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Singapore has the largest debt load in Southeast Asia, but the city-state is also one of the world’s wealthiest countries, with households holding assets worth $1.1 trillion under one estimate.
Singapore has the largest debt load in Southeast Asia, but the city-state is also one of the world’s wealthiest countries, with households holding assets worth $1.1 trillion under one estimate.

Fed Rate Hike Increases Asia’s Debt Concerns

A debt hangover in Asia matters because the region is the biggest contributor to global growth

Fed Rate Hike Increases Asia’s Debt Concerns

Twenty years after the Asian financial crisis and a decade since the global credit crunch, the region is swimming in debt.
The debt binge is spread across companies, banks, governments and households and is inflating bubbles in everything from the price of steel rebar in Shanghai to property prices in Sydney. As the Federal Reserve raises borrowing costs, that means debt is again a concern, Bloomberg reported.
Exposure to China’s slowdown, fluctuating commodity prices and currency volatility are just some of the risks. S&P Global Ratings estimates that of the almost $1 trillion in Asia corporate debt they rate that is due to mature by 2021, 63% of it is denominated in dollars and 7% in euros.
To be sure, there are sizable buffers too. Governments have strengthened their international reserves, hedging of risks has improved and deeper local bond markets offer alternative sources of finance. And while the Fed is tightening, ongoing massive monetary easing in Europe and Japan provides an offset. Interest rates remain low by historical standards and reflation is helping bring down servicing costs.
Still, the pace of borrowing is eye watering. A debt hangover in Asia matters because the region is the biggest contributor to global growth. Asia’s expansion will probably exceed 5% in 2017 and 2018, compared with about 3.5% for the world, according to the International Monetary Fund.
Asia's Big Five
China: China’s total debt likely reached around 258% of the economy’s size last year, up from 158% in 2005. President Xi Jinping and his government have made curbing excessive credit and leverage a key priority this year though progress appears to be slow. Much of the borrowing is at the corporate level, a sector that continues to be dominated by debt-laden state-owned enterprises, so-called zombie firms, with the IMF warning that China needs to urgently deal with company debt.
South Korea: After years of low rates and a property boom that help prop up the economy, South Korea has been left with a hangover. Record household debt of 1,344.3 trillion won ($1.2 trillion) has reached a level where repayment burdens are hurting consumption, and Korean officials worry that low-income households may default as the Fed’s tightening impacts domestic lending rates.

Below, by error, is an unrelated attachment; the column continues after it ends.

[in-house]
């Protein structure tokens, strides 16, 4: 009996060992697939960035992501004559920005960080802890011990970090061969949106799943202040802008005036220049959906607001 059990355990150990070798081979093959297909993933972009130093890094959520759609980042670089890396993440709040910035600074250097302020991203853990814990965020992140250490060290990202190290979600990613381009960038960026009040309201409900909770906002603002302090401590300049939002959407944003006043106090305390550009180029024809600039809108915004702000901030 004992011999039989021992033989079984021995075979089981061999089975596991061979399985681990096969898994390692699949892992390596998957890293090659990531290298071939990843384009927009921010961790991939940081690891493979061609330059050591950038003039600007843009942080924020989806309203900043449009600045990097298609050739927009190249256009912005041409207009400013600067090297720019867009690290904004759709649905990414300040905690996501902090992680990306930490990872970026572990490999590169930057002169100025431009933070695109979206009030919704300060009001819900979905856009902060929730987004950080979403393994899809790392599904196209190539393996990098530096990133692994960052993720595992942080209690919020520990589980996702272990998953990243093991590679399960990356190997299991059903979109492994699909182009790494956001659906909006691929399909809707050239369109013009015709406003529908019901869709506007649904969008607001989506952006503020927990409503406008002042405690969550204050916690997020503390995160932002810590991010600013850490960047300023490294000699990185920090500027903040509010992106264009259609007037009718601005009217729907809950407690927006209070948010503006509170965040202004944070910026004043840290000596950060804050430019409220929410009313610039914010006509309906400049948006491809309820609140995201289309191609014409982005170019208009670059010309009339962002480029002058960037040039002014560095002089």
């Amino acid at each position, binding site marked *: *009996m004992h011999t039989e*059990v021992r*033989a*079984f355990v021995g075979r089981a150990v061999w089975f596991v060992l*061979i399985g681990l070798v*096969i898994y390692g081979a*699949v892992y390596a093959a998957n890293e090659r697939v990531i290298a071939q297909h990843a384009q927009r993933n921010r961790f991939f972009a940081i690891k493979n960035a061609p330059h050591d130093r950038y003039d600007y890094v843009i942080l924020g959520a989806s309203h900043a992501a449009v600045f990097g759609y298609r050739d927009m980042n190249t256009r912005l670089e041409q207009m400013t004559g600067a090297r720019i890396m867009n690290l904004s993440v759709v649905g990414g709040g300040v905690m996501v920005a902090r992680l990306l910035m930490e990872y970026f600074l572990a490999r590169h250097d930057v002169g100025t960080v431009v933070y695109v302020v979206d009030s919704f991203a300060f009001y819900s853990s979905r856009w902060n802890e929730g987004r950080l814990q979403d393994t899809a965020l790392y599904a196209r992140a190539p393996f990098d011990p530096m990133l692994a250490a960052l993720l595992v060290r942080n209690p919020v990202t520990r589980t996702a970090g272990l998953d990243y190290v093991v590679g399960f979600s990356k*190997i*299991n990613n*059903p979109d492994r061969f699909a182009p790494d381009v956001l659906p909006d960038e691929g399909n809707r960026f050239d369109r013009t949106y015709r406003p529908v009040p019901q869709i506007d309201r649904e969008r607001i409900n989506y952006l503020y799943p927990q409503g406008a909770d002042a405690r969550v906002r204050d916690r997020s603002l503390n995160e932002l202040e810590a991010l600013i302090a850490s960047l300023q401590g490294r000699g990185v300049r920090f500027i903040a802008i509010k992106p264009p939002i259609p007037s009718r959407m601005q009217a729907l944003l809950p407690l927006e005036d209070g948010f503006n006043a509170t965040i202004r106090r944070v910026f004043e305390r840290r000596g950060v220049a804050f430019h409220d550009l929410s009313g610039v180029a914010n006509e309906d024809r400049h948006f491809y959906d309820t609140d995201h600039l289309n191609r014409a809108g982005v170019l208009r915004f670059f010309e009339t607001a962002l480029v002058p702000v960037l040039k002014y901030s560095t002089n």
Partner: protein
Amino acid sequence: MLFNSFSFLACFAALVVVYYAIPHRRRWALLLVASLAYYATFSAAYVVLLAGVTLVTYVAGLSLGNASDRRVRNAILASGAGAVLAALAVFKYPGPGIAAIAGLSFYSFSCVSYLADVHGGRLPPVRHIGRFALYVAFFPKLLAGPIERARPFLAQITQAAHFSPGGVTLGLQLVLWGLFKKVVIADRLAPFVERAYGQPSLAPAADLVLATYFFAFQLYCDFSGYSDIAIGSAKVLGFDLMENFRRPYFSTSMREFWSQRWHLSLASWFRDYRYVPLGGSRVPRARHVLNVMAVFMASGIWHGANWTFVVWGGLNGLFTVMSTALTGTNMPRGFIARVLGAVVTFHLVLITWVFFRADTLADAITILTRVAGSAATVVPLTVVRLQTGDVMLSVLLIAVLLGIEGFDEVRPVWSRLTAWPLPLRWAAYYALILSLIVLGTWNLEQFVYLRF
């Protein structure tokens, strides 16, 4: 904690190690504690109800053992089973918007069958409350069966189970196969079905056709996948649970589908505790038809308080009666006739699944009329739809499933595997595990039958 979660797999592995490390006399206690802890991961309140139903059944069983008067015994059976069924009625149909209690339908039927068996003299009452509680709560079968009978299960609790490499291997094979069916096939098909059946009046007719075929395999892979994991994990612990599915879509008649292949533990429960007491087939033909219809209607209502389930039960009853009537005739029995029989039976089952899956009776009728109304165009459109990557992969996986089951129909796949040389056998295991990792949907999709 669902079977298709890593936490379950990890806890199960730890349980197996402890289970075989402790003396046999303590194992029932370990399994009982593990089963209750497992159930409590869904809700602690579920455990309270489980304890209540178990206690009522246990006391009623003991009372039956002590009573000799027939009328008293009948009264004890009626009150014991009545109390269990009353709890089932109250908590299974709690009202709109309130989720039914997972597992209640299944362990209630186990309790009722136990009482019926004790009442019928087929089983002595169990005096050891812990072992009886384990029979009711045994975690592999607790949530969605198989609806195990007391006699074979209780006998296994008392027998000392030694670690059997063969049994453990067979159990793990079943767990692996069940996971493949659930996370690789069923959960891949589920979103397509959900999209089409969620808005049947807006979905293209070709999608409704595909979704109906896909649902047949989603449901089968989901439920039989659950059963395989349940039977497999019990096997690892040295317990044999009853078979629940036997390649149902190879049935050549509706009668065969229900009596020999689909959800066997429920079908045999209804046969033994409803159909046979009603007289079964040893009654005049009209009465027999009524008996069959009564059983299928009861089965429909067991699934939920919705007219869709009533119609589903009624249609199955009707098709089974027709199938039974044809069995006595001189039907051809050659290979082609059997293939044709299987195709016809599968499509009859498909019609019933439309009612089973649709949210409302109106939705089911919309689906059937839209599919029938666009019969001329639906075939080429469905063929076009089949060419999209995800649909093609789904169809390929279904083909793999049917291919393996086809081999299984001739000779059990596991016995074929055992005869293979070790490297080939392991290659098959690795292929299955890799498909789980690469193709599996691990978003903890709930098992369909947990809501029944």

Japan: Japan is one of the most indebted nations in the world, with a gross government debt burden that is more than 2.5 times as large as its economy.
Australia: Australia’s household debt-to-income is a record 189%—much of it in mortgages. In the past year the value of housing-related debt outstanding climbed 6.5%, compared with just a 3% gain in household income, according to central bank Governor Philip Lowe. Annual wage growth is at a record low and consumer-price growth is weak, meaning Australians can’t inflate away their debts as they have in the past.
India: Although smaller than in some other Asian nations, there are various interconnected debt problems in India. The government debt-to-GDP ratio is nearly 70%, much higher than similar BBB rated sovereigns, Fitch Ratings Ltd. said in a report this month. And corporate debt is increasing, along with a rise in bad loans, which is causing risks for the banking sector.
Southeast Asia
Southeast Asian countries have relatively lower debt levels by Asian standards but leverage has increased in recent years with corporate and household debt becoming a particular concern in Thailand and Malaysia.
Thailand's household debt at the end of 2016 stood at 11.47 trillion baht ($33 billion), up 3.4% year-on-year and 1.2% quarter-on-quarter. Malaysia’s overall debt load rose to 240% of GDP, up from 173% of GDP.
Singapore has the largest debt load in Southeast Asia, but the city-state is also one of the world’s wealthiest countries, with households holding assets worth $1.1 trillion under one estimate.
The Philippines and Indonesia have avoided the accelerating pace of leverage elsewhere, partly because of relatively less developed banking industries that make it harder for households to borrow. Indonesia also has strict fiscal rules in place, a legacy from past crises, that cap the annual budget deficit at 3% of GDP and total government debt at 60% of GDP.

 

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